After going to prison for killing the boss of the Kanno gang, a gangster gets released early - only to find that his ex-gang has merged with the Kannos. But with bitter resentments lingering on both sides, bloodshed is bound to begin anew.
Based on the "2.26 Incident", an attempted coup d'état in Japan 1936, launched by radical ultra-nationalist parts of the military. Several leading politicians were killed and the center of ... See full summary »
This is the last but one film by Hideo Gosha and sadly it does not hold a candle to his earlier works such as Goyokin or Hitokiri. The fundamental problem lies in the truly awful screenplay: The story takes an implausible turn in the second half and much of the dialogue seems to be cut out straight from a second-rate women's romance. Not to mention gratuitous nudity and even a soft porn-like sex scene. The result is a cinematically well executed but otherwise rather low-brow entertainment with a simple good vs evil plot.
SPOILER ALERT The gist of the story is as follows: A young girl called Orin witnesses murder of her gambler-father for cheating. Orin is then adopted by a well-off restaurant owner and his wife. When her younger brother (a biological son of the couple) is bullied because of her background, the then teenage Orin decides to leave her loving family and somehow becomes an accomplished gambler herself. A (yakuza?) boss wants Orin to represent him in an upcoming big-time card game tournament. While en route there she runs into her now grown up brother and learns that his family have lost all their property to gambling debt. Orin thus decides to buy the restaurant back for her brother with the money she hopes to win. Needless to say the new restaurant owner Otaki and his mistress are very wicked people indeed and we are constantly reminded how evil they are. In order to win the aforementioned card tournament they hire the best gambler in Japan, Tsunejiro "the Immovable", to play on their behalf. Predictably, the final round of the card game comes down to Orin against Tsune. But there's a bizarre twist: not only we learn that it was Tsune who murdered Orin's father some twenty years ago but this impervious, poker-faced character who ignores women even when they throw themselves on him suddenly falls head over heels in love with Orin, and she willingly reciprocates his feelings. A dramatic as well as melodramatic finale follows. END OF SPOLER ALERT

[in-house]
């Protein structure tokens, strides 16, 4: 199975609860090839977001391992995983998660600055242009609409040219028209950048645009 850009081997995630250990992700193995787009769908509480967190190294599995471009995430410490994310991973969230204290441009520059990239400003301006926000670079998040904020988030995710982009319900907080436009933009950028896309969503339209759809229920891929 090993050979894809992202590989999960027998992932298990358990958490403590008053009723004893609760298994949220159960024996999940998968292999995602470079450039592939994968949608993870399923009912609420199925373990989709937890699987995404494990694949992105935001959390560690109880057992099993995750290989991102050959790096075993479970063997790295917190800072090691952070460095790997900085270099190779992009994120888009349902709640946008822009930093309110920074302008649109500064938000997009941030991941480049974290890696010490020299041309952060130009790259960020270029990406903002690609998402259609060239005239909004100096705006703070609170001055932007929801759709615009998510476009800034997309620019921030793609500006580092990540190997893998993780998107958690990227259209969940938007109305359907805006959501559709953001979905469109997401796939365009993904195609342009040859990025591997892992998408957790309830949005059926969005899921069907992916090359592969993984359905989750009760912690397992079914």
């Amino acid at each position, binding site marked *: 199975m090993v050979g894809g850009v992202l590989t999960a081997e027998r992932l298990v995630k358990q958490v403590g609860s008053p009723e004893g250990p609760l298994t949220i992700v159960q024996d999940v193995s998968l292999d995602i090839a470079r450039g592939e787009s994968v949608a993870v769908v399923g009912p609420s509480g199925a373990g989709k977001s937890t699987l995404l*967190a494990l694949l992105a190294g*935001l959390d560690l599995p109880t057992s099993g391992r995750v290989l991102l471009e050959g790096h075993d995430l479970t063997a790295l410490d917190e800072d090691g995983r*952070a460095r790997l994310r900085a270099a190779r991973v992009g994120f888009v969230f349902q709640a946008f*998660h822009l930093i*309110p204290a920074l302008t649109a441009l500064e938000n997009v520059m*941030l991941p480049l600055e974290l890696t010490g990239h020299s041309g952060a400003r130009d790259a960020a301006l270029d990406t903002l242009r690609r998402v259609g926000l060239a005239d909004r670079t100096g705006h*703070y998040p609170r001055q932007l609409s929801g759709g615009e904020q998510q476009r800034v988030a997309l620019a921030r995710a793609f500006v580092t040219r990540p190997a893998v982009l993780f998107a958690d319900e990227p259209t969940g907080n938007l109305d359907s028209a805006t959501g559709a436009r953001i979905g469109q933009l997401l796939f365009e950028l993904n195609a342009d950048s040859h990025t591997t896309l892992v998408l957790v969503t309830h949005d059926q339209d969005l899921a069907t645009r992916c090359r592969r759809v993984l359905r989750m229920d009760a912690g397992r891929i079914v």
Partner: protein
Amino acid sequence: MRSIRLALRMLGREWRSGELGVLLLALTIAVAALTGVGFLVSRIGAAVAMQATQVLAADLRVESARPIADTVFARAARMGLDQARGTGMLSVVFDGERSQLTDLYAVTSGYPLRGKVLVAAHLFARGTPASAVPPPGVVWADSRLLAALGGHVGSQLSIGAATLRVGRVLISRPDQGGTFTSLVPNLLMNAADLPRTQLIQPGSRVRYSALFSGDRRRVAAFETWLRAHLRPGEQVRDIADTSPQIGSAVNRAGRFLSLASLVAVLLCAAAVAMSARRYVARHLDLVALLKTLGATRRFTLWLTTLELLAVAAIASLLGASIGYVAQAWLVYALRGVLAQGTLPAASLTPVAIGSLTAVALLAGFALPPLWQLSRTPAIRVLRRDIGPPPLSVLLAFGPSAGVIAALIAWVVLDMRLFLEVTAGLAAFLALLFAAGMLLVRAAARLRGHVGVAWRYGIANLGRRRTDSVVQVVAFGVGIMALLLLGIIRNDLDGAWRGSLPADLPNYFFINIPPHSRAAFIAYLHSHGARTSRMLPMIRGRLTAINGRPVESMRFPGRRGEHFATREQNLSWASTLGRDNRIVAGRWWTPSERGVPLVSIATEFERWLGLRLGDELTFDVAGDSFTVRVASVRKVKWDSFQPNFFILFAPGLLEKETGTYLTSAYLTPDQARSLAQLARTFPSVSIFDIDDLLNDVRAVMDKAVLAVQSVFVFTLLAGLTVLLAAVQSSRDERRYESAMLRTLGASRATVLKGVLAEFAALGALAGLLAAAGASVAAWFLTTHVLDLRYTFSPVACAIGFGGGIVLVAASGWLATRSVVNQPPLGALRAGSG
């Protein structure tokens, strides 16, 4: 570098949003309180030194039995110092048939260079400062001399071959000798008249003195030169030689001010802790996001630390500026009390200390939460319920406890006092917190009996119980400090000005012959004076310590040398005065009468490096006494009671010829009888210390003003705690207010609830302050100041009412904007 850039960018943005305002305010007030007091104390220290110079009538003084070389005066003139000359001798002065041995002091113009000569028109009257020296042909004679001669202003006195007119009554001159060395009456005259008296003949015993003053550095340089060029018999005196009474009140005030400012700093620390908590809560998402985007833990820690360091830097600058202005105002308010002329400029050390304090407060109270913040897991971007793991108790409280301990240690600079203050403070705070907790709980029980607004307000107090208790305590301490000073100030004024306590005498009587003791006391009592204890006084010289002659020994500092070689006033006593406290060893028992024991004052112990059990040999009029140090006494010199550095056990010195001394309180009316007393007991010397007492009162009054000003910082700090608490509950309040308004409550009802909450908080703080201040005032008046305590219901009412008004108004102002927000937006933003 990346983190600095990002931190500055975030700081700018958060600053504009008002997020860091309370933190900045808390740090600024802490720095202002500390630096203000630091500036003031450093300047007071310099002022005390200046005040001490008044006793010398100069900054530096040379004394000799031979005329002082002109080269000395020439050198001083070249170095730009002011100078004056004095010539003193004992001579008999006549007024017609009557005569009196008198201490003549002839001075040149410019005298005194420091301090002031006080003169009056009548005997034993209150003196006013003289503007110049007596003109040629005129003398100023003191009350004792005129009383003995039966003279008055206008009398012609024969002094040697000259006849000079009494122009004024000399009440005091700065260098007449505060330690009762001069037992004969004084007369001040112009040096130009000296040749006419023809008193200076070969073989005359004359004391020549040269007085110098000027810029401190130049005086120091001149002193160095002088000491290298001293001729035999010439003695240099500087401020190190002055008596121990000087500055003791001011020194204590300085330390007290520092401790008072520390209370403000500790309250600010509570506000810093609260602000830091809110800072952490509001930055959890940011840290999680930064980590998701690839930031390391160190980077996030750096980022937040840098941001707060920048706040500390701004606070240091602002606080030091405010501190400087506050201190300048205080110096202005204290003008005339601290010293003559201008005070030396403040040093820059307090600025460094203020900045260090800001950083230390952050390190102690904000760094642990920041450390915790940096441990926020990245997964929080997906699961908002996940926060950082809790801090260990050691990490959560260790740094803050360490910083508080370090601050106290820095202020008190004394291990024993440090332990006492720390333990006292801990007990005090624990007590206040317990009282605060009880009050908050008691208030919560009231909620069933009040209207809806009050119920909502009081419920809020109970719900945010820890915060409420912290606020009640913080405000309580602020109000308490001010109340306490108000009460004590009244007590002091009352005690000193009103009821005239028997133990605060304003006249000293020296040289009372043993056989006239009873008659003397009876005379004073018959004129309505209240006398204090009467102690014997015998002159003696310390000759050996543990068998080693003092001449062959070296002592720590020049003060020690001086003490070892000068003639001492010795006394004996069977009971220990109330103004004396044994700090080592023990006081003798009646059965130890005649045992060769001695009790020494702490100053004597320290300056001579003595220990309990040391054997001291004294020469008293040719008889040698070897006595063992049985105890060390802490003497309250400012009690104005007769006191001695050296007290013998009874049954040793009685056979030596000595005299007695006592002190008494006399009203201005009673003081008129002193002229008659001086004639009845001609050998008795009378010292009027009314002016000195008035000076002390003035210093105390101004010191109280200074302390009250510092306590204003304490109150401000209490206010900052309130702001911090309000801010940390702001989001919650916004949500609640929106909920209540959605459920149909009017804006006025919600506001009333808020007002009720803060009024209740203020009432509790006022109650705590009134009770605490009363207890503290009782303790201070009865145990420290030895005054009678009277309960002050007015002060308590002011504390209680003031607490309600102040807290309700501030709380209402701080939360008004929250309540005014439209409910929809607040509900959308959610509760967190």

What keeps the movie afloat are the visuals, good pacing and for the most part decent acting. I was particularly impressed by Tatsuya Nakadai's portrayal of Tsune. Not that this role is memorable in any way. Rather, despite the cheesy lines inflicted by the scriptwriter, Nakadai with his restrained performance managed to wrestle some dignity into a painfully campy character. Even so I felt mildly embarrassed to see this superb actor in a part well below his league.
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